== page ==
Hollywood’s biggest party is still happening next month, but not everyone’s invited.
On Wednesday, the Golden Globes announced nominees for the awards show’s 2021 prizes, with “Mank,” “The Trial of the Chicago 7” and “Promising Young Woman” leading the pack. The nominations offer some welcome clarity about who’s up and who’s down in this unusual COVID-19-era race, where even some of the biggest names struggled to cut through the noise of the streaming-centric, red carpet-free season.
Here are the major movies, TV shows and stars who won’t be heading to the virtual Globes come Feb. 28 (NBC, 8 EST/5 PST):
Golden Globes:Netflix’s ‘Mank’ leads contenders with six nominations
With 32 Globes nominations and eight wins, Streep has the most competitive nominations and wins of any actor in the awards show’s history. Her juicy role as a Broadway diva in “The Prom” should’ve helped extend her record, but the acting icon was shockingly snubbed for best comedy/musical actress. Adding insult to injury: her “Prom” co-star, James Corden, received a best actor nod.
‘Da 5 Bloods’
What happened here? Spike Lee’s critically acclaimed Vietnam War veteran drama was completely shut out in Wednesday’s nominations, ignored in best drama, director (Lee), supporting actor (Chadwick Boseman), and, most glaringly, actor (Delroy Lindo). The snubs could make for an awkward show for Lee’s kids Satchel, 26, and Jackson, 23, who were named as Globes ambassadors for this month’s ceremony.
Set in the 19th century American West, this season’s resident Dad Movie “News of the World” came up short, failing to land major nominations for best drama or director (Paul Greengrass). Also missing from the pack was Hanks, last year’s Cecil B. DeMille Award winner, who brings warmth to a Civil War veteran tasked with returning a young girl (Helena Zengel, nominated for supporting actress) to her family. His absence in best drama actor may have made way for surprise nominee Tahar Rahim, landing his first major nomination for “The Mauritanian.”
As inevitable as death and taxes, Winslet always has a place at the Golden Globes. The beloved British actress is a four-time winner and 11-time nominee, earning nods for even her most critically reviled fare (we’re looking at you, “Labor Day”). But Winslet will have to sit out this year’s show: Her chilly lesbian romance “Ammonite” didn’t generate heat with voters, scoring zero nominations.
The Hollywood Foreign Press Association, the group that puts on the Globes, predominantly consists of journalists outside the U.S., whose tastes skew more international than most other awards shows. That should have spelled good news for Italian screen legend Loren, a four-time Golden Globe winner and Cecil B. DeMille Award recipient who returned last fall in the little-discussed Netflix drama “The Life Ahead.” Instead, the 86-year-old star was passed over in favor of late-breaking contender Andra Day, who scored a best drama actress nomination for Hulu biopic “The United States vs. Billie Holiday” (streaming Feb. 26).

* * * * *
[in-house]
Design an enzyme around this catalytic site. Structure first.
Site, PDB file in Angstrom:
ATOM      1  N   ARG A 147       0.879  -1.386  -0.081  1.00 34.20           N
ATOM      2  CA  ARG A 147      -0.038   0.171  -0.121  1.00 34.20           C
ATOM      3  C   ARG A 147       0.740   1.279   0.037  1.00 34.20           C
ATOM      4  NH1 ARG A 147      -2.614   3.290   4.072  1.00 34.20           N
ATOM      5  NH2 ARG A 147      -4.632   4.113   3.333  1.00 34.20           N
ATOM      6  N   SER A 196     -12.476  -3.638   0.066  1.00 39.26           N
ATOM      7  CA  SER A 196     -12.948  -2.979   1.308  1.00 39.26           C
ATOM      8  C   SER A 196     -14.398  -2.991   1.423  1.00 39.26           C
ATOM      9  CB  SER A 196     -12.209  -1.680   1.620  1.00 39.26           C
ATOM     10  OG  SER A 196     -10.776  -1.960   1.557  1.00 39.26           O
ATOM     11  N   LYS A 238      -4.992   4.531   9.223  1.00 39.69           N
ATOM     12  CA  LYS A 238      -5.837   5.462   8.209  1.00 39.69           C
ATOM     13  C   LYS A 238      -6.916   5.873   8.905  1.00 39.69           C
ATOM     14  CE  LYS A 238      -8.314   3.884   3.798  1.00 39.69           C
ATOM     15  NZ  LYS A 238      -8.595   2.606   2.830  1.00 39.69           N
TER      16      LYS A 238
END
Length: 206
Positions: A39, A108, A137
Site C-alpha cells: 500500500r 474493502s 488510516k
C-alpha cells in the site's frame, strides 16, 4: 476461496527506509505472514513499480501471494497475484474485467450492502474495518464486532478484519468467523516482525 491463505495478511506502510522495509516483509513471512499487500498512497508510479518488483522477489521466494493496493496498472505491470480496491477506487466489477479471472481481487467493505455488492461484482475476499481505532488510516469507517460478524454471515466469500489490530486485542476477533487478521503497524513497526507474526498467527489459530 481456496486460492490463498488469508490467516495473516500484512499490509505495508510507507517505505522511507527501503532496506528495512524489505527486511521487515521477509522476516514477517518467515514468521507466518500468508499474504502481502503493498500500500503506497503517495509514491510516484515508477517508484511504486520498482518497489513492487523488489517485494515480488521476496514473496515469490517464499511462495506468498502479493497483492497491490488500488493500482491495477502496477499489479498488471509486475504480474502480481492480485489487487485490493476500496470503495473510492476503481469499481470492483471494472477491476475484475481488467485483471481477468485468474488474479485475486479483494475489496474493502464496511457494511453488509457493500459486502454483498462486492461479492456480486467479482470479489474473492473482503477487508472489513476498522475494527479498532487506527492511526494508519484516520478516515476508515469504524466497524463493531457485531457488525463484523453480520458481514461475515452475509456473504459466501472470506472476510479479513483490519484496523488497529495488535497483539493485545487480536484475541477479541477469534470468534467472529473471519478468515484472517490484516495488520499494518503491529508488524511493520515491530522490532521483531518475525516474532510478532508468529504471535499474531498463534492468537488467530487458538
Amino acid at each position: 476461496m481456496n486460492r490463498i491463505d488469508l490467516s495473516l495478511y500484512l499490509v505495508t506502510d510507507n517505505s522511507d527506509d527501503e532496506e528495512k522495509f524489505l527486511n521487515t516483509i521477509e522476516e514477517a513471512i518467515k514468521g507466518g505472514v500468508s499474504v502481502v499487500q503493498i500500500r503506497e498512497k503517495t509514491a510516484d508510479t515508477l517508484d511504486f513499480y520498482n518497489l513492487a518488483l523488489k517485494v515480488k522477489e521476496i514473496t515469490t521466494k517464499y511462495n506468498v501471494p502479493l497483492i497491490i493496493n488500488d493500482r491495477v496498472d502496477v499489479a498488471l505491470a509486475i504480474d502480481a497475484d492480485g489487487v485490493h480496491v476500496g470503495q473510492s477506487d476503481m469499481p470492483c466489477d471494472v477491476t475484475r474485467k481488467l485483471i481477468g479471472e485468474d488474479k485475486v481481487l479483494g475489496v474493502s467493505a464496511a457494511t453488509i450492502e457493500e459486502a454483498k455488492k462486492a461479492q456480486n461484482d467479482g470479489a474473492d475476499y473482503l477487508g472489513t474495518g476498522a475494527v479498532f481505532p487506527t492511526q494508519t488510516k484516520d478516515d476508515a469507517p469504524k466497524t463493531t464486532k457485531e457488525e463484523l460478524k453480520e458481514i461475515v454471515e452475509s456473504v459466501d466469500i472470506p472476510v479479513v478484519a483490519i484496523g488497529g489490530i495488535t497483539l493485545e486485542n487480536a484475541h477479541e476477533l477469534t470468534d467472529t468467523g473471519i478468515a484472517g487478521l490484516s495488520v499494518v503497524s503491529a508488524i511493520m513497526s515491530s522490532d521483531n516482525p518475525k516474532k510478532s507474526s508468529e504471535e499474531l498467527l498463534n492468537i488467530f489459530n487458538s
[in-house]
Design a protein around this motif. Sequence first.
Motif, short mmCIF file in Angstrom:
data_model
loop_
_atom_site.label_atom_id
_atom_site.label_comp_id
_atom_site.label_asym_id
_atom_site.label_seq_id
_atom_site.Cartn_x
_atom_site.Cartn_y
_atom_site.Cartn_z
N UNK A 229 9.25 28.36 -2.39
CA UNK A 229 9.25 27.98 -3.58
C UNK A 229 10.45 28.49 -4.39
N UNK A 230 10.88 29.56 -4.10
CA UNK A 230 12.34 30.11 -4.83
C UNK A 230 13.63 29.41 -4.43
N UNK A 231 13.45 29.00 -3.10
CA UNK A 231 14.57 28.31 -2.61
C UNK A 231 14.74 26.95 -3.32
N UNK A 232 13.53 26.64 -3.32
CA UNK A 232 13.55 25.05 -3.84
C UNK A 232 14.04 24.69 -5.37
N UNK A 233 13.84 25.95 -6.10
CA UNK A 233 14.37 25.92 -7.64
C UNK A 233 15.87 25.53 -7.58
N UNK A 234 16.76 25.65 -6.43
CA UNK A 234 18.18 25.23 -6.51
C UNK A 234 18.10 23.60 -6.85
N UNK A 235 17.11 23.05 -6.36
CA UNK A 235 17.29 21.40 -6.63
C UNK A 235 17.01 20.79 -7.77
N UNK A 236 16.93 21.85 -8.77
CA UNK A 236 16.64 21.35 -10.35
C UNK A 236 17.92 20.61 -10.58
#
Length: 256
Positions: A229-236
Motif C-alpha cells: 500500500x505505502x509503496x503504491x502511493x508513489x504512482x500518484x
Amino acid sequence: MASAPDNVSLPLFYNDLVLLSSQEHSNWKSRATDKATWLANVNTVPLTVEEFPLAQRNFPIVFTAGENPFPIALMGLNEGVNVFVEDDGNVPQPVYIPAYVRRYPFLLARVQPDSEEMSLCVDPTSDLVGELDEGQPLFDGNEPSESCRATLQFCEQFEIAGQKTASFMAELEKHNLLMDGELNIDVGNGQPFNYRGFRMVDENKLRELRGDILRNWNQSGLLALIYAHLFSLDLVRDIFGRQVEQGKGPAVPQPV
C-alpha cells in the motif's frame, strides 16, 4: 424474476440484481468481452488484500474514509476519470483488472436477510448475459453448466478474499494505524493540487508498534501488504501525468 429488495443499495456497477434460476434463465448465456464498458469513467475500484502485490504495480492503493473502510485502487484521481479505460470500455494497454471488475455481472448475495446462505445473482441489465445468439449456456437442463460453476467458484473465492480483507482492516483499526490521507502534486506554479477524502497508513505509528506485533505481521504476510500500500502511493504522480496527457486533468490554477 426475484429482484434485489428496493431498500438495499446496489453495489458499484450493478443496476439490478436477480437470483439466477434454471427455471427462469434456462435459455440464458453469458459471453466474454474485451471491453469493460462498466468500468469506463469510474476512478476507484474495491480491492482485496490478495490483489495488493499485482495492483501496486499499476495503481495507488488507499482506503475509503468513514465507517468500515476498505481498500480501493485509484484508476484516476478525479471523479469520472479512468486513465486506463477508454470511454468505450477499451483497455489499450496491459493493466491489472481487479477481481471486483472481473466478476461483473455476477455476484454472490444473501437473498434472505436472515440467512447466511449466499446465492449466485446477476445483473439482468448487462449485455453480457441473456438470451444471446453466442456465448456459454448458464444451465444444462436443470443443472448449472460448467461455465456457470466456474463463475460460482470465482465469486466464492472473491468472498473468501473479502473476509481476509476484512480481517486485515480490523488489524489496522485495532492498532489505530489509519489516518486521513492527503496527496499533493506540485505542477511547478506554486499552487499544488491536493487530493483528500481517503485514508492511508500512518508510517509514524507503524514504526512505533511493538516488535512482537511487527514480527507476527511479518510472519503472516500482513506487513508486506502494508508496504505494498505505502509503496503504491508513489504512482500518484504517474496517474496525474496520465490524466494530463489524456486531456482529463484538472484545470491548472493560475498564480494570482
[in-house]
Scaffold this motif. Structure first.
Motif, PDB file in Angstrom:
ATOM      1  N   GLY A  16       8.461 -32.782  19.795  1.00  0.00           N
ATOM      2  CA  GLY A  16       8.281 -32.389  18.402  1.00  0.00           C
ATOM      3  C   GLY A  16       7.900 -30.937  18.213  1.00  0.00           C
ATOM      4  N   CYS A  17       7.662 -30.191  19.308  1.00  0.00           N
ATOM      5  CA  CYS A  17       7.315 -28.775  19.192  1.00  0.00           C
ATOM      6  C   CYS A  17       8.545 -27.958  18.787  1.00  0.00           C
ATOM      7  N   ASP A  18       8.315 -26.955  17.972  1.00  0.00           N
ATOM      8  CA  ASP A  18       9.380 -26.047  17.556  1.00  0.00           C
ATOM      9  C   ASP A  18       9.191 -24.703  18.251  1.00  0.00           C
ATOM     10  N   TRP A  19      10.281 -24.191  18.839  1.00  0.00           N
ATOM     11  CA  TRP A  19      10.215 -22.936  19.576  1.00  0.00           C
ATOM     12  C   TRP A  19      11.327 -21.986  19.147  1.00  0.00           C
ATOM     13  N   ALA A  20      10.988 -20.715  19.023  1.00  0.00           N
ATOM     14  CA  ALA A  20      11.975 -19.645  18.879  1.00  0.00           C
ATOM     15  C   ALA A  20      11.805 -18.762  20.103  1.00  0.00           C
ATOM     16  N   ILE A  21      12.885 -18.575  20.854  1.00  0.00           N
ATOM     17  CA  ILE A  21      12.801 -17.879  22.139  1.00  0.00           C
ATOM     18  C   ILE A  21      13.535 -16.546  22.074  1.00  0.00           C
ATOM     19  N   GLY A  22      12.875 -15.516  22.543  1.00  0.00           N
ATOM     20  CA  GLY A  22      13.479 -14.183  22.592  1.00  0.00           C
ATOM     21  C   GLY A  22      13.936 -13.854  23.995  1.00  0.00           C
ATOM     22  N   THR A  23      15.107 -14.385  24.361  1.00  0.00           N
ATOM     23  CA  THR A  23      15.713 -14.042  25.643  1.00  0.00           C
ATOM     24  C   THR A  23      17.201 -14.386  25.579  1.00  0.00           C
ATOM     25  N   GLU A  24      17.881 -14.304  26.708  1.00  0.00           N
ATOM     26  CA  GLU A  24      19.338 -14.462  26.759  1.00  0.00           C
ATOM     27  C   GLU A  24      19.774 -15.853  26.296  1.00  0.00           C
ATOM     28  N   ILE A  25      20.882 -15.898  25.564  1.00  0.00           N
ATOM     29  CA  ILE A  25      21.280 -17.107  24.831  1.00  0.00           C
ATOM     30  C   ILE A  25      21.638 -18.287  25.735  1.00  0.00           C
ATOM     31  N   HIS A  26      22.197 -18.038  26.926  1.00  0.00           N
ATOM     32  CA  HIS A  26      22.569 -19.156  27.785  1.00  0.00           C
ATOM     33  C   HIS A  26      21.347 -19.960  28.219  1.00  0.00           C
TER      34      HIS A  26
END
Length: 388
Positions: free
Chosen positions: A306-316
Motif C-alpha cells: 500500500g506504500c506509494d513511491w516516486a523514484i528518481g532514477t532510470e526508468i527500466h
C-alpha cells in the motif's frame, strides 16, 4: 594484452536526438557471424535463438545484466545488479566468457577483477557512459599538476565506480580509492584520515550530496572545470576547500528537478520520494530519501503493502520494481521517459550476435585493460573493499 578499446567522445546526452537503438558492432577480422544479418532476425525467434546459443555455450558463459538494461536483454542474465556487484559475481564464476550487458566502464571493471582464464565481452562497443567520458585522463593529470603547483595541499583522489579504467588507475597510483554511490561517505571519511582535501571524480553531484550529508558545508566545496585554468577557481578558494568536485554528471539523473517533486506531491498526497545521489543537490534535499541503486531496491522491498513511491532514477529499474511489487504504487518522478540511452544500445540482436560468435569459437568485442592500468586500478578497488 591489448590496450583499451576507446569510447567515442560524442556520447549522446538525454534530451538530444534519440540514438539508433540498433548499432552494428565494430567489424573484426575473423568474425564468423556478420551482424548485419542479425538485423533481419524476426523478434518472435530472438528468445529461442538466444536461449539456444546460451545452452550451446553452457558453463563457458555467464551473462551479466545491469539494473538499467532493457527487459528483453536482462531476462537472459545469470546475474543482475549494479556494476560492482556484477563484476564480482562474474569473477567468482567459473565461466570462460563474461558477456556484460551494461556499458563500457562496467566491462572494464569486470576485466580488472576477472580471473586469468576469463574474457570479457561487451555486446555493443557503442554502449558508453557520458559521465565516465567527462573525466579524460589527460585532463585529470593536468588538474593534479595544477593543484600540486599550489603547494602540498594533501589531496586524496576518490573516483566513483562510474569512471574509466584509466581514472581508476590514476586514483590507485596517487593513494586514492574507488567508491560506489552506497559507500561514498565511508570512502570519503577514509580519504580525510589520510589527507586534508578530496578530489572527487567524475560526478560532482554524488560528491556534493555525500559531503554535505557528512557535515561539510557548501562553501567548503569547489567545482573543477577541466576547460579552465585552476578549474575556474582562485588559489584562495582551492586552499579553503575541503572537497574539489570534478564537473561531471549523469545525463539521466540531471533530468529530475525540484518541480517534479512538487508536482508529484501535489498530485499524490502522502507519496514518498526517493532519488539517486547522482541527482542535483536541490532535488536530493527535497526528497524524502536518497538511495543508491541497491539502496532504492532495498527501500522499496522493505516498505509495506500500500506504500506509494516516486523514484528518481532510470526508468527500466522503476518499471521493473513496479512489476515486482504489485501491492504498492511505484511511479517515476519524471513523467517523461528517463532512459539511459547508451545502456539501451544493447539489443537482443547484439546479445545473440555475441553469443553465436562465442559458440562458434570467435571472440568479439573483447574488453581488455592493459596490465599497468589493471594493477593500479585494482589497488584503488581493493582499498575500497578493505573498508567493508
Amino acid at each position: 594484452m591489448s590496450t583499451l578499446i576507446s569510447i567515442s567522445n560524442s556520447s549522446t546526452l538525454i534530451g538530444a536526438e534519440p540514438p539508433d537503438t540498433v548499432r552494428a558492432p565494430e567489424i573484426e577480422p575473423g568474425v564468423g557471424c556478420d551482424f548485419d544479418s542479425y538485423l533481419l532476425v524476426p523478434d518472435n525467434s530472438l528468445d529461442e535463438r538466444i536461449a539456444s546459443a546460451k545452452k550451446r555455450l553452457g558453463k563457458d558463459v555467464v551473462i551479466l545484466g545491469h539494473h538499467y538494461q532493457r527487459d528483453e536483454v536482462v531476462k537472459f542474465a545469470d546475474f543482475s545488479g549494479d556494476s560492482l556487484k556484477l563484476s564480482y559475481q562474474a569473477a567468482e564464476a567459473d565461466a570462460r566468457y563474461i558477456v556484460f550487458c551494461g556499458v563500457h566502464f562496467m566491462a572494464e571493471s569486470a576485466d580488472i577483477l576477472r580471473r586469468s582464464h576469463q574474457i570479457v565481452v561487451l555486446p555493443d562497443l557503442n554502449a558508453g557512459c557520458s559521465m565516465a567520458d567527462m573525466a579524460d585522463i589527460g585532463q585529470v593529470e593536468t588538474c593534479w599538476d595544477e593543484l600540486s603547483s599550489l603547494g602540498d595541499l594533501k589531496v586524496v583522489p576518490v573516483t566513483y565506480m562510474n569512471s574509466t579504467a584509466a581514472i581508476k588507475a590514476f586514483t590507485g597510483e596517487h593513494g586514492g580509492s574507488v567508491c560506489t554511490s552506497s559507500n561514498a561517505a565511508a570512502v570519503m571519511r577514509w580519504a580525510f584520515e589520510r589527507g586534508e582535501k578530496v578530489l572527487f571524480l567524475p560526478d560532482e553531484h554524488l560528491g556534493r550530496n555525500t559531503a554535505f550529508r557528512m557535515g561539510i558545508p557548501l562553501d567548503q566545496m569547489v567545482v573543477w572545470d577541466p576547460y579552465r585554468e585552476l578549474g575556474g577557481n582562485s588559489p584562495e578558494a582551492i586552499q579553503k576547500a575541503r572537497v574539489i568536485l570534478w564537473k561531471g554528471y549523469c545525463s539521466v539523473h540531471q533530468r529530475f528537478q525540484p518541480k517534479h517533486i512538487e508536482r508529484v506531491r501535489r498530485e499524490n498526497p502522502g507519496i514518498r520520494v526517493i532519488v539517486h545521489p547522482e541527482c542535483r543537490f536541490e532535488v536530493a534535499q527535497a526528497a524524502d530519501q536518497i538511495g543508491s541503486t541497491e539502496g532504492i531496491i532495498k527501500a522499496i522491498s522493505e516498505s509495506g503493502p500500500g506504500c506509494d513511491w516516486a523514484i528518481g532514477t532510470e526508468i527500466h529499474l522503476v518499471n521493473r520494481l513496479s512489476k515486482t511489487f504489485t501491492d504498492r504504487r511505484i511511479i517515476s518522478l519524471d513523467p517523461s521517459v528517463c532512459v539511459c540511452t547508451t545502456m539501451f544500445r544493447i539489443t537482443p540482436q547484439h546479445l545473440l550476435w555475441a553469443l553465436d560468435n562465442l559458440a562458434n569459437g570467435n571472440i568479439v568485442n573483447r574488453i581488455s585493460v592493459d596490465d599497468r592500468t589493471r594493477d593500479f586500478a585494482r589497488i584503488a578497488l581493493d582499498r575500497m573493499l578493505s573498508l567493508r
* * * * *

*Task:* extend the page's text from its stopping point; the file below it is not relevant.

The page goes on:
Like Streep and Winslet, Clooney is a longtime Globes favorite, with 12 nominations, three wins and a Cecil B. DeMille Award. The genial A-lister has been dutifully making promotional rounds for his dystopian space drama “The Midnight Sky,” which he directs and stars in as a cancer-stricken scientist. But the poorly reviewed Netflix movie failed to launch with voters, only giving it one nod for best score.
Zendaya was touted as a potential Oscar front-runner for her blistering performance in “Malcolm & Marie” (streaming Friday) when first reactions cropped up on Twitter. But scathing critics’ reviews threw a grenade into the Netflix drama’s awards hopes, and the Globes’ cold shoulder did nothing to help. Zendaya isn’t out of the best actress race yet, but unless she scores a Screen Actors Guild Award nomination on Thursday, her chances are quickly fading.
Yeun is the quiet backbone of the heartfelt coming-of-age drama “Minari,” about a Korean American family’s quest for the American Dream in rural Arkansas. Yet the movie scored just one nomination for best foreign language film, snubbed for both drama actor (Yeun) and supporting actress (Yuh-jung Youn).
Shonda Rhimes’ subversive new period romance has been a breakout hit for Netflix since premiering in December. But the social media phenomenon was completely overlooked in all TV drama categories, where familiar Netflix favorites “The Crown” and “Ozark” continued to reign supreme.
‘I May Destroy You’
Michaela Coel’s groundbreaking HBO series is a shattering exploration of sexual assault trauma, written, co-directed and starring the British multi-hyphenate. Its total shutout from this year’s nominations speaks to a lack of imagination among the 90-member HFPA, which favored Ryan Murphy’s dreadfully uninspired “Ratched” in best TV drama.
‘Never Have I Ever’
Mindy Kaling’s coming-of-age comedy was one of the quarantine’s most welcome TV surprises, with its irresistible young star (Maitreyi Ramakrishnan), biting humor and unexpected emotion. But the series was robbed in favor of another popular but often derided Netflix show, “Emily in Paris,” which managed best TV comedy and actress (Lily Collins) nominations.